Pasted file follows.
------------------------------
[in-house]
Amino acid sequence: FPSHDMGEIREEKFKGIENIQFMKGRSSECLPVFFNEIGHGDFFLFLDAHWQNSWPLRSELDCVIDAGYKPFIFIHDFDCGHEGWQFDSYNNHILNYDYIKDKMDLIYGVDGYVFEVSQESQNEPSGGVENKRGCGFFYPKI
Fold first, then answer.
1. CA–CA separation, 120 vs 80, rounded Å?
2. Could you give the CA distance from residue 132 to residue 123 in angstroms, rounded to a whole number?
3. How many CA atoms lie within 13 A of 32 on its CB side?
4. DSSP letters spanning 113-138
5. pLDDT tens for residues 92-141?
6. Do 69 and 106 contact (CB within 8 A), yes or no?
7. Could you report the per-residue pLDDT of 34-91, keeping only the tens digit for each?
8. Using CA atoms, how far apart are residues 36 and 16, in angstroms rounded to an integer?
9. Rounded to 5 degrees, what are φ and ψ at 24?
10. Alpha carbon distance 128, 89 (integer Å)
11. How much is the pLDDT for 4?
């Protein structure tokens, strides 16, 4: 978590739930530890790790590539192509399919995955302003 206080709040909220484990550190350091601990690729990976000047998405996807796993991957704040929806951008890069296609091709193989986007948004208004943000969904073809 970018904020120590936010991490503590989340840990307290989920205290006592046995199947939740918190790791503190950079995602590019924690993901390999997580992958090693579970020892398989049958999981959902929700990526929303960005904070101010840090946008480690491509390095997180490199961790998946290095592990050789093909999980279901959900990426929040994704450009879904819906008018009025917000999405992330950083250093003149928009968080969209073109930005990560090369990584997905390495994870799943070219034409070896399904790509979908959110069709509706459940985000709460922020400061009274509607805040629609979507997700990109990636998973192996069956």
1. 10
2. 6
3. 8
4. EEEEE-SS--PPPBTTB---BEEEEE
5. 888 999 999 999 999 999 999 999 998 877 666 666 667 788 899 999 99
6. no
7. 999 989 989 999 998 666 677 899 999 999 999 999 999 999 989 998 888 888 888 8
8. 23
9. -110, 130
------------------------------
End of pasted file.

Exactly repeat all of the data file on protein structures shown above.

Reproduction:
[in-house]
Amino acid sequence: FPSHDMGEIREEKFKGIENIQFMKGRSSECLPVFFNEIGHGDFFLFLDAHWQNSWPLRSELDCVIDAGYKPFIFIHDFDCGHEGWQFDSYNNHILNYDYIKDKMDLIYGVDGYVFEVSQESQNEPSGGVENKRGCGFFYPKI
Fold first, then answer.
1. CA–CA separation, 120 vs 80, rounded Å?
2. Could you give the CA distance from residue 132 to residue 123 in angstroms, rounded to a whole number?
3. How many CA atoms lie within 13 A of 32 on its CB side?
4. DSSP letters spanning 113-138
5. pLDDT tens for residues 92-141?
6. Do 69 and 106 contact (CB within 8 A), yes or no?
7. Could you report the per-residue pLDDT of 34-91, keeping only the tens digit for each?
8. Using CA atoms, how far apart are residues 36 and 16, in angstroms rounded to an integer?
9. Rounded to 5 degrees, what are φ and ψ at 24?
10. Alpha carbon distance 128, 89 (integer Å)
11. How much is the pLDDT for 4?
């Protein structure tokens, strides 16, 4: 978590739930530890790790590539192509399919995955302003 206080709040909220484990550190350091601990690729990976000047998405996807796993991957704040929806951008890069296609091709193989986007948004208004943000969904073809 970018904020120590936010991490503590989340840990307290989920205290006592046995199947939740918190790791503190950079995602590019924690993901390999997580992958090693579970020892398989049958999981959902929700990526929303960005904070101010840090946008480690491509390095997180490199961790998946290095592990050789093909999980279901959900990426929040994704450009879904819906008018009025917000999405992330950083250093003149928009968080969209073109930005990560090369990584997905390495994870799943070219034409070896399904790509979908959110069709509706459940985000709460922020400061009274509607805040629609979507997700990109990636998973192996069956």
1. 10
2. 6
3. 8
4. EEEEE-SS--PPPBTTB---BEEEEE
5. 888 999 999 999 999 999 999 999 998 877 666 666 667 788 899 999 99
6. no
7. 999 989 989 999 998 666 677 899 999 999 999 999 999 999 989 998 888 888 888 8
8. 23
9. -110, 130